The Mill Creek City Council unanimously approved the plan for the City’s newest park at their regular December 10, 2013, meeting.
The new park will be easily accessible on foot from nearby existing Mill Creek neighborhoods and will feature two lawn areas, a Bocce Ball court with seating, and a central meeting area with a playground, picnic bench shelter, and restrooms. There will be a number of parking stalls next to the park in order to facilitate community access.
Mill Creek’s Park and Recreation Board selected the concept for this park plan on November 14th after a number of public meetings. They approved the finalized park master plan at their December 4th meeting.
Polygon Northwest will design and build the 1.26-acre East Gateway Urban Village park (the new park has not yet been named) during the first phase of their mixed-use development. According to Tom Rogers, Mill Creek’s Community Development Director, park construction may begin in the spring.
Councilmember Kathy Nielsen commended Polygon Northwest and the Parks and Recreation Board for their hard work and hopes the new park will attract customers to the new commercial development nearby, “I believe the fact that we are providing some unique play equipment… people will coming to this park for the amenities that are here and hopefully will support the commercial part of the site.”
Polygon Northwest is building an 18.5-acre multi-use development with 29,000 square feet of commercial capacity, 122 townhomes/condominiums, 180 apartments, and the neighborhood park in Mill Creek’s East Gateway Urban Village.
Kimberly Allen, Mill Creek’s Hearing Examiner, granted the development’s binding site plan, which included the requirement for Polygon Northwest to design and build the park, last summer.
Mill Creek’s Community Development Department guided Polygon Northwest through the park planning process beginning with a public brainstorming session at Heatherwood Middle School on October 2, 2013. Rogers said, “The participants developed three park design concepts and submitted ideas for park improvements.”
According to Rogers, Joshua Beard, the Registered Landscape Architect hired by Polygon Northwest, developed two park options, “Option A was characterized by two distinct open lawn play areas with the play equipment and picnic shelter located in the middle of the park. A restroom was located adjacent to but separate from the play area and picnic shelter.”
“Option B showed a larger single open lawn play area with the play equipment located in the northwest portion of the park. Both a restroom and picnic shelter were centrally located with the play equipment.”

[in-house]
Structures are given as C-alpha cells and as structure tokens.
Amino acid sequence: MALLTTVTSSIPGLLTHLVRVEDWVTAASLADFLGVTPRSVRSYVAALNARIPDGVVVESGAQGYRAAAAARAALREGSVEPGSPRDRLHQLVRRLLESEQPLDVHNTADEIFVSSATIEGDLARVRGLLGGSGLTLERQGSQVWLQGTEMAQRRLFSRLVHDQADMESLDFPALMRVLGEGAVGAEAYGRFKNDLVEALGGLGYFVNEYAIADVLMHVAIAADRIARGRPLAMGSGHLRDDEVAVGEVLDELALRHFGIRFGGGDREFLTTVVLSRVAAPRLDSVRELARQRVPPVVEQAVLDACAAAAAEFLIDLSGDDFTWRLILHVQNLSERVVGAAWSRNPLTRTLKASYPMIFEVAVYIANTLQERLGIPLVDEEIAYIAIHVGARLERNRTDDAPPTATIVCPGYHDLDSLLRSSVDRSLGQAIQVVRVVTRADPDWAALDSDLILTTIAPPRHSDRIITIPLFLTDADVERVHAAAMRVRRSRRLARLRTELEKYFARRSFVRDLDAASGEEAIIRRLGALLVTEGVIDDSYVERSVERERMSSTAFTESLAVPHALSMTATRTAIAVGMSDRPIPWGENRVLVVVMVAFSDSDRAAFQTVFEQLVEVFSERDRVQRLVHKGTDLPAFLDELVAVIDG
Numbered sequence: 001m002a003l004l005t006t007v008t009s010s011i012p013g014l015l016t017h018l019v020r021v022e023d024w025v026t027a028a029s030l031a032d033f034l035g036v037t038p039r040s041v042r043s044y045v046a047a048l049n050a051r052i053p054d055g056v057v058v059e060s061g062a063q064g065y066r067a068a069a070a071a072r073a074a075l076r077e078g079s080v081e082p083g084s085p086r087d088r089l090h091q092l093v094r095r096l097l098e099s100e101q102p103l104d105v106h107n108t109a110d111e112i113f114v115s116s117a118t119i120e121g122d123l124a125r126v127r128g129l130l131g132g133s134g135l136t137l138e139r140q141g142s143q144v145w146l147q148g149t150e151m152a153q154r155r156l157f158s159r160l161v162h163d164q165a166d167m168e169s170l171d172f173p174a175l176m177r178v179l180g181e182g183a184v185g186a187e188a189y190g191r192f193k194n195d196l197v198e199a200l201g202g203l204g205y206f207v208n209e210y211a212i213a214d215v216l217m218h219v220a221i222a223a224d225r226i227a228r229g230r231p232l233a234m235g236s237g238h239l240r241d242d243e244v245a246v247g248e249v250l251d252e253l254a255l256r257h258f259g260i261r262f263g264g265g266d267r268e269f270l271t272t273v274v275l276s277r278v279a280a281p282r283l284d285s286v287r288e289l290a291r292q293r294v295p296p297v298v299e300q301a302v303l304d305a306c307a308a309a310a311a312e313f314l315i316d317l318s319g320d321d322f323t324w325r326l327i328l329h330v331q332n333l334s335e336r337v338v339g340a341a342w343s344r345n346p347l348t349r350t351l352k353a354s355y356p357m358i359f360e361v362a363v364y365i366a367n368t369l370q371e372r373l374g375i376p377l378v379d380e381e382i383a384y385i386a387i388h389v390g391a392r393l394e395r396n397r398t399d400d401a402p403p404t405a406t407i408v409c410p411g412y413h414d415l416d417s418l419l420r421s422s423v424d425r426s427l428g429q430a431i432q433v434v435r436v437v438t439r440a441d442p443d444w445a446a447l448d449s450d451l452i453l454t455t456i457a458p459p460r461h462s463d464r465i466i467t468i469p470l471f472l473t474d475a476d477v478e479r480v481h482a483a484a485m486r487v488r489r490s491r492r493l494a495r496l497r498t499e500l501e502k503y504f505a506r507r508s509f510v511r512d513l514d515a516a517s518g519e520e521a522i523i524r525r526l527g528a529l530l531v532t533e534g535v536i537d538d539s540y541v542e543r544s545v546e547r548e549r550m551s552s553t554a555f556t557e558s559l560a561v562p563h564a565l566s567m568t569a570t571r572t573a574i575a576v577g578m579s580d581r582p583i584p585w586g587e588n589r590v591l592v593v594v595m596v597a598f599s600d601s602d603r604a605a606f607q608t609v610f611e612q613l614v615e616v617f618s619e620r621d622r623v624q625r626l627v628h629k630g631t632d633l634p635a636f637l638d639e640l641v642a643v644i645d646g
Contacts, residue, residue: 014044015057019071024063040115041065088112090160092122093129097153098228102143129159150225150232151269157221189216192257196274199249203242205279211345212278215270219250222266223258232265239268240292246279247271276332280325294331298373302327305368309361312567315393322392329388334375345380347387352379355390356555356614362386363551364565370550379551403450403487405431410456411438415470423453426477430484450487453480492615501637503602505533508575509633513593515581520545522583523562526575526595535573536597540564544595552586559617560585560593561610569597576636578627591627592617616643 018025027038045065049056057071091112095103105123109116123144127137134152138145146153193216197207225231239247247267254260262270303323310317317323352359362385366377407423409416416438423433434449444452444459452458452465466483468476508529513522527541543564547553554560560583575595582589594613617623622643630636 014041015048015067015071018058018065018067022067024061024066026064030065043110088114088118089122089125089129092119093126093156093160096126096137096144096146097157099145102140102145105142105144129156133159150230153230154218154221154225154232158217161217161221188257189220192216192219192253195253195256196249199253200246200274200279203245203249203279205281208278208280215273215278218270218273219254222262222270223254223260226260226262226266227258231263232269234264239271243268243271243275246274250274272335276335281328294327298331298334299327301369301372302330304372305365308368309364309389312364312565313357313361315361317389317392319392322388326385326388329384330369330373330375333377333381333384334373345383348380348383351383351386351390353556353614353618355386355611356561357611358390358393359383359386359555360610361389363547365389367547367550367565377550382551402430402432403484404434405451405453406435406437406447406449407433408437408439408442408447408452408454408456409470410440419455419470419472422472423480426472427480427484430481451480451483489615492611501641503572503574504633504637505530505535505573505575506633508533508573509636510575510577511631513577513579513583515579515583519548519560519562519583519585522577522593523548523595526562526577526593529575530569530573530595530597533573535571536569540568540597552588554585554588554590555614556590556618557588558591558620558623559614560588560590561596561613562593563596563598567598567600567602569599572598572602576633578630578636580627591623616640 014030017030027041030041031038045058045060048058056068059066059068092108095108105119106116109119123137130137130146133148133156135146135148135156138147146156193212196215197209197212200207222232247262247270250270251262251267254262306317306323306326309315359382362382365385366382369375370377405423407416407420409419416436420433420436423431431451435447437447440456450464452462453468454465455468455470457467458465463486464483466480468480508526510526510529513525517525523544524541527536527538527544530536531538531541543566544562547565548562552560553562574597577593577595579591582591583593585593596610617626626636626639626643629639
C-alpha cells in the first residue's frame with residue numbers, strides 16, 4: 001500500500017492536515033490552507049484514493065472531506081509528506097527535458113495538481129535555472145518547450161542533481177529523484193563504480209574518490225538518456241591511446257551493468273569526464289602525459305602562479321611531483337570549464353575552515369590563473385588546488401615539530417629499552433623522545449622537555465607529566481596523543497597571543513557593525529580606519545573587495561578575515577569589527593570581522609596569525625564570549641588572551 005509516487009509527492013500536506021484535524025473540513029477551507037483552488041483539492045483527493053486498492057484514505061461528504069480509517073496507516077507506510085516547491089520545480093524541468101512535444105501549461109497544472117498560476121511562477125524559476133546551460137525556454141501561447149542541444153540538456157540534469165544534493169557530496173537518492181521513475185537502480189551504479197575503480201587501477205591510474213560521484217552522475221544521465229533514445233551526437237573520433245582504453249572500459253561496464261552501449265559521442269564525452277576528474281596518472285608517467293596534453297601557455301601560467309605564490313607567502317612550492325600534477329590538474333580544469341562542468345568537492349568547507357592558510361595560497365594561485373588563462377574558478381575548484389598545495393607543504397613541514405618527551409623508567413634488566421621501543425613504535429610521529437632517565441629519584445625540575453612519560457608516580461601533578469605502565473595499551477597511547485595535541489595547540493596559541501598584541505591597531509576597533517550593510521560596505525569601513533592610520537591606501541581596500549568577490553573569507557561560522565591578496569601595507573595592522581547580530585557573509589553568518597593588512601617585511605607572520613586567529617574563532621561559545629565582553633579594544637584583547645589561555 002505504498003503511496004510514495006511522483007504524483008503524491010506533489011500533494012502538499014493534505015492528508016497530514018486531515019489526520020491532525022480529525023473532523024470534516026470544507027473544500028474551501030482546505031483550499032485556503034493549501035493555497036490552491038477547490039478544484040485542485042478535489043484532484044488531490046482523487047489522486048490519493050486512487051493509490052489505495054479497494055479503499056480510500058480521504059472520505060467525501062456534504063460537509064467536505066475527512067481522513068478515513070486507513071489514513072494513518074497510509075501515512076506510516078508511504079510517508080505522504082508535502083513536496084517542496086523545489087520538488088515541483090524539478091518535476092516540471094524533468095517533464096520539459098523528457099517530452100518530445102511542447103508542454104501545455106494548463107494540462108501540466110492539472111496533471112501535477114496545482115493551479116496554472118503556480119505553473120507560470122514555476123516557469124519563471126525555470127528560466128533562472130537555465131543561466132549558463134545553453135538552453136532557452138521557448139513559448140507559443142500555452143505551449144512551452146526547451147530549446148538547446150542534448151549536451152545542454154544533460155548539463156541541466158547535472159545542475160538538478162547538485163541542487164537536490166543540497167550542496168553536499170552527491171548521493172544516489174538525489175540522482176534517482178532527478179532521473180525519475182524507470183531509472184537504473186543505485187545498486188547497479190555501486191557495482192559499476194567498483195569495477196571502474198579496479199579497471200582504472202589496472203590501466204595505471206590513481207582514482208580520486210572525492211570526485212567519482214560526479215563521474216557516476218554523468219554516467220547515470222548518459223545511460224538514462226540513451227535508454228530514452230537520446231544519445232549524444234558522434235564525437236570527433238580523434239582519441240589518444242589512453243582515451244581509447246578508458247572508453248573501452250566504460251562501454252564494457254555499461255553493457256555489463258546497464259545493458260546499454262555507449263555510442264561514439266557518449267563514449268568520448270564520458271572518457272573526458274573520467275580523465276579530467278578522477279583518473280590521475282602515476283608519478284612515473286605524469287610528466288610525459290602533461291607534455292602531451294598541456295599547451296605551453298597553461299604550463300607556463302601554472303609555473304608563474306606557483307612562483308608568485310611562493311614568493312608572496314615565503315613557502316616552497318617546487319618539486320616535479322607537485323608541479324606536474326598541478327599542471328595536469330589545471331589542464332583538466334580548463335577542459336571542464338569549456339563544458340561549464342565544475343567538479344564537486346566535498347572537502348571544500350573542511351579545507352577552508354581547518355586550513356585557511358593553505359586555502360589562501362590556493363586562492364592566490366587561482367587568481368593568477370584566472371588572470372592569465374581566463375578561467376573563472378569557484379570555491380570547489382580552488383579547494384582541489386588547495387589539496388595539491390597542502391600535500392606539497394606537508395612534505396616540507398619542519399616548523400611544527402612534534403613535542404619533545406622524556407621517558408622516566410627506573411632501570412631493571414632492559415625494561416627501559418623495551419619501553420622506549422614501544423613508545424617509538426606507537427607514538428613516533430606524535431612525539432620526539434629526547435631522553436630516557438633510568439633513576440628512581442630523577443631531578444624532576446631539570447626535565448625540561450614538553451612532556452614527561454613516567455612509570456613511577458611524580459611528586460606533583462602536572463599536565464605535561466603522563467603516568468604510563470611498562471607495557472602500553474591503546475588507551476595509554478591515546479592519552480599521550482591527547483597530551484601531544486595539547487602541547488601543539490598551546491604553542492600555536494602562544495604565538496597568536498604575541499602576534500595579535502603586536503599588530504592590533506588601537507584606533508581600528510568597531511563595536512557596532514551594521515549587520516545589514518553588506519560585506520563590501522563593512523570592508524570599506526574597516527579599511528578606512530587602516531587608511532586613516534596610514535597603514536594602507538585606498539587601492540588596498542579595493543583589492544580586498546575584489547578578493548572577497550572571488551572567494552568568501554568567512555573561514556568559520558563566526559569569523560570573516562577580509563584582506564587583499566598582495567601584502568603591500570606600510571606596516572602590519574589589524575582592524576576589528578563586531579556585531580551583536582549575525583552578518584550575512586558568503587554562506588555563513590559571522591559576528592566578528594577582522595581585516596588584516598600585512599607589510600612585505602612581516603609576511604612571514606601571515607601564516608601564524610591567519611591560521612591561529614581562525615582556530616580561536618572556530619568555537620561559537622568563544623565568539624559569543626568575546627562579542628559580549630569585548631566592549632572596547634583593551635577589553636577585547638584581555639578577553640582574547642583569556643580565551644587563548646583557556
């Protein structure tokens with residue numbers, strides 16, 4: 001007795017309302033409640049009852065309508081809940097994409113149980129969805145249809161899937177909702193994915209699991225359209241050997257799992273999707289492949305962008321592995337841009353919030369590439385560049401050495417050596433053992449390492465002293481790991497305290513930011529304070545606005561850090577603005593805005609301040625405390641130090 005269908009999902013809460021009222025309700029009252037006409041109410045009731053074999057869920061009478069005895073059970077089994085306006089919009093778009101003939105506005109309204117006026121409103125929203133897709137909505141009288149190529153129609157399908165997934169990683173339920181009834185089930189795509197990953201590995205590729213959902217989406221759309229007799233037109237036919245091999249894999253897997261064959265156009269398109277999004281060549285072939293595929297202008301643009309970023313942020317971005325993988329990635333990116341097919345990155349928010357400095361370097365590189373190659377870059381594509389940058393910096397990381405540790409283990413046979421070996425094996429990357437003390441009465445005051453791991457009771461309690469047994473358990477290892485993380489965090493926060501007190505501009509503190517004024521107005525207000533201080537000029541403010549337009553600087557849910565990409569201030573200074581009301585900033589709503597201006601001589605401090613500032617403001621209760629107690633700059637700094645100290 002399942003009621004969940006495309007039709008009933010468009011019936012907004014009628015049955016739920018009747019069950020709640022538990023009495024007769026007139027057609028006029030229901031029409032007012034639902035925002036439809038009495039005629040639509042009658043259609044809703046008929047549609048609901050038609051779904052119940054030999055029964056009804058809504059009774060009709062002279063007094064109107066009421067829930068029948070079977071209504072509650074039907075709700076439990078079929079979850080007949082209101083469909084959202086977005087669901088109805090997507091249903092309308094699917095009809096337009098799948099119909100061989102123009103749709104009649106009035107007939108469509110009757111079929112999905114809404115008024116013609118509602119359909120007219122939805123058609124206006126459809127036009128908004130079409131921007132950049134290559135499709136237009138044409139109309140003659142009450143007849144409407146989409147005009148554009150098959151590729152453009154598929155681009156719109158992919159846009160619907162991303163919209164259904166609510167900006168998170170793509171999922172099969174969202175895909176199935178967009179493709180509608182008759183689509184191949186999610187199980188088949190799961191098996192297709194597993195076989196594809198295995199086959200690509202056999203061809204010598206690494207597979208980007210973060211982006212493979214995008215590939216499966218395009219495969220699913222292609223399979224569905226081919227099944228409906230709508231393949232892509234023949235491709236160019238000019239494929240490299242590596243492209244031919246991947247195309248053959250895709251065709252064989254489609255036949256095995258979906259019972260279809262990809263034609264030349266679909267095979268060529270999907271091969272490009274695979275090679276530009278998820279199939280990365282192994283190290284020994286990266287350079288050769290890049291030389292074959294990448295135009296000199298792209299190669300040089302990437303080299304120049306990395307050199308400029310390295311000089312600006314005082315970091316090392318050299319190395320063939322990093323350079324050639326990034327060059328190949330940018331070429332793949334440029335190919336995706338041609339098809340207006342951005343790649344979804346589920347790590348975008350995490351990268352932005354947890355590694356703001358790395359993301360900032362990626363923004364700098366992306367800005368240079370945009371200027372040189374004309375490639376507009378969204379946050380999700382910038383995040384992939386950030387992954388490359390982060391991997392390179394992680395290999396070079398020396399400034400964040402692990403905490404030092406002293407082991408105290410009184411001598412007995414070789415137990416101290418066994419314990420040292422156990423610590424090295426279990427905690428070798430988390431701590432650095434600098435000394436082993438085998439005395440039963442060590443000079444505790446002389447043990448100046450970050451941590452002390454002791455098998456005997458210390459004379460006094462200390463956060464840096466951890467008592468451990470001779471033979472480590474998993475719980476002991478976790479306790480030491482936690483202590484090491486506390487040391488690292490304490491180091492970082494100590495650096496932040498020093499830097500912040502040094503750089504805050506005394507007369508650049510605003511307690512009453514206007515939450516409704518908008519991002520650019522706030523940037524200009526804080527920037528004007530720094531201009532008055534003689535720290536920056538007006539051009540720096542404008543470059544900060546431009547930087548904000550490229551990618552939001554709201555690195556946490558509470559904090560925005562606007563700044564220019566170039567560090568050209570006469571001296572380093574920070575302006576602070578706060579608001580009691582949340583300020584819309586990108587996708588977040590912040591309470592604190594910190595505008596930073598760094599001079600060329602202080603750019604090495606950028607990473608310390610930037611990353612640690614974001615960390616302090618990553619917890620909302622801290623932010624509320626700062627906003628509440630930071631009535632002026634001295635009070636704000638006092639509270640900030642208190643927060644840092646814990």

“Both options included a landscape buffer adjacent to the residential use to the east, a public plaza, benches, tables, and walking paths.”
Mill Creek’s Parks and Recreation Board are the lead decision makers on new park designs. According to Rogers, they discussed the two park options at their regular October 21st meeting and, “suggested several refinements to the plans.”
Mill Creek reached out again to the public to inform them of the two park options and to get feedback at another public open house on November 6th. Rogers said that over 20 residents attended the open house, “… and made a number of suggestions on play equipment and other amenities. Comments on play equipment included a desire for swings and for facilities suitable for those with disabilities.”
According to Rogers, at their November 14th meeting the Parks and Recreation Board reviewed the two park options and, “… appeared to be overwhelmingly for Option A, with centralized location of the play equipment and the two distinct lawn areas.”
“It was the Board's opinion that two smaller lawn areas allowed for two group activities to occur simultaneously, while the single play area may make it difficult for more than one group at a time to use the lawn area.”
“The Parks and Recreation Board did recommend modifying Option A by combining the restroom and picnic shelter locations. The Park Board also discussed the types of play equipment and other amenities that should be provided in the park. Much of the discussion was focused on what activity should be placed in the area identified as a recreation area. Bocce ball was ultimately chosen because of its popularity, it can be played by all age groups, and it is relatively easy and inexpensive to maintain.”
According to Rogers Mill Creek City Councilmembers Kathy Nielsen and Bart Masterson contributed significant time in the park planning process as Park Board liaisons.
The following list includes the features that the Parks and Recreation Board requested be incorporated into the neighborhood park:
- Gathering area to include decorative hardscape and seating.
- A combined restroom and picnic shelter building (one table ADA accessible) with barbeques, and a drinking fountain.
- Two grass areas for play.
- Walking paths with one loop internally located (not adjacent to street) for young children.
- Picnic tables (one ADA accessible).
- Bike racks.
- Play equipment for ages 2-5 years.
- Play equipment for ages 5-12 years.
- Swings (for all ages including one ADA accessible).
- Spinner toy (ADA accessible).
- Landscaping around detention vault vents.
- Bocce ball court with seating/screening wall near the vents on the south side of the park (with a future court location reserved).